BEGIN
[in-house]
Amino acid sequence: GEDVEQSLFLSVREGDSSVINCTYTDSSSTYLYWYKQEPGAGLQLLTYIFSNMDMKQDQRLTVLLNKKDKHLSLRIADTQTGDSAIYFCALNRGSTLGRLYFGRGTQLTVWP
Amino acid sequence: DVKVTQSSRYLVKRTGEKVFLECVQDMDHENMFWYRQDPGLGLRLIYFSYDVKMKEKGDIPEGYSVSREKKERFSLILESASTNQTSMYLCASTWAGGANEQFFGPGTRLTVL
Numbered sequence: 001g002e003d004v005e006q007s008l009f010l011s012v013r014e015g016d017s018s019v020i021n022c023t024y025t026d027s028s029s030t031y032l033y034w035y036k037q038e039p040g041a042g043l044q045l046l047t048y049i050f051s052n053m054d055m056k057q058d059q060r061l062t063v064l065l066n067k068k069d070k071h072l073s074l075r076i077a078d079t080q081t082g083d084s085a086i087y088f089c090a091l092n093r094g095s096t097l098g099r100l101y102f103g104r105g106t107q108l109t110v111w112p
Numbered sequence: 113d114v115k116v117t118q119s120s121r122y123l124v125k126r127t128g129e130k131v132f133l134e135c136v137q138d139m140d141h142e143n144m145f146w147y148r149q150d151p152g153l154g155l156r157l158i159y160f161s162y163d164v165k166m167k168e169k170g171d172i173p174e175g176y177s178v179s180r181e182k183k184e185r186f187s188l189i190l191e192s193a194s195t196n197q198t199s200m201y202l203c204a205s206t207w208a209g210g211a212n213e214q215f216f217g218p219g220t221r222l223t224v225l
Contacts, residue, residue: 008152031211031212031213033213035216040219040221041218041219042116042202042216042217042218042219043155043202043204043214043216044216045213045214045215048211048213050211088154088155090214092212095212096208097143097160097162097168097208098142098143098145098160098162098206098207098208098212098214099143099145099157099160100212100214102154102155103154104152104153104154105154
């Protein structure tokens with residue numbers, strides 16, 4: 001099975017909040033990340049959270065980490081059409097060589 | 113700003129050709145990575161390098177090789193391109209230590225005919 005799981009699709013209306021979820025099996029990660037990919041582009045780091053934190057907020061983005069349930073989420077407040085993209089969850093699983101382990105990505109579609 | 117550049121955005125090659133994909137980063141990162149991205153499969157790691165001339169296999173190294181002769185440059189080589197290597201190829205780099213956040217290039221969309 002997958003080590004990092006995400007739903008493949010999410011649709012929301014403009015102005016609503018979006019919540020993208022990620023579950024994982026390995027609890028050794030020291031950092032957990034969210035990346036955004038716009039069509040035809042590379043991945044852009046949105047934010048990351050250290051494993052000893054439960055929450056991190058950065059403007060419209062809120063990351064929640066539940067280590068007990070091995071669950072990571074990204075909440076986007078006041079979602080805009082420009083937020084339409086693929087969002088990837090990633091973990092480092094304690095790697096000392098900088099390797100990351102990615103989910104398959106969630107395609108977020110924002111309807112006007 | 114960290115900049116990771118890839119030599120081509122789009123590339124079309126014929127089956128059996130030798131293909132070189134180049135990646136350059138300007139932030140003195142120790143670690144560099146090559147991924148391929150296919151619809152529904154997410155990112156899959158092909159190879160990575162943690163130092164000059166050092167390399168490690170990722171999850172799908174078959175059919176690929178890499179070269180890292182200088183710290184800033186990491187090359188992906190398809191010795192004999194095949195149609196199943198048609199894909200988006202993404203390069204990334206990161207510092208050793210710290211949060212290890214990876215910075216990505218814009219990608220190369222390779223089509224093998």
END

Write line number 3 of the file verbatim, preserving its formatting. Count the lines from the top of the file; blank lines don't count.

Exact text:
Amino acid sequence: DVKVTQSSRYLVKRTGEKVFLECVQDMDHENMFWYRQDPGLGLRLIYFSYDVKMKEKGDIPEGYSVSREKKERFSLILESASTNQTSMYLCASTWAGGANEQFFGPGTRLTVL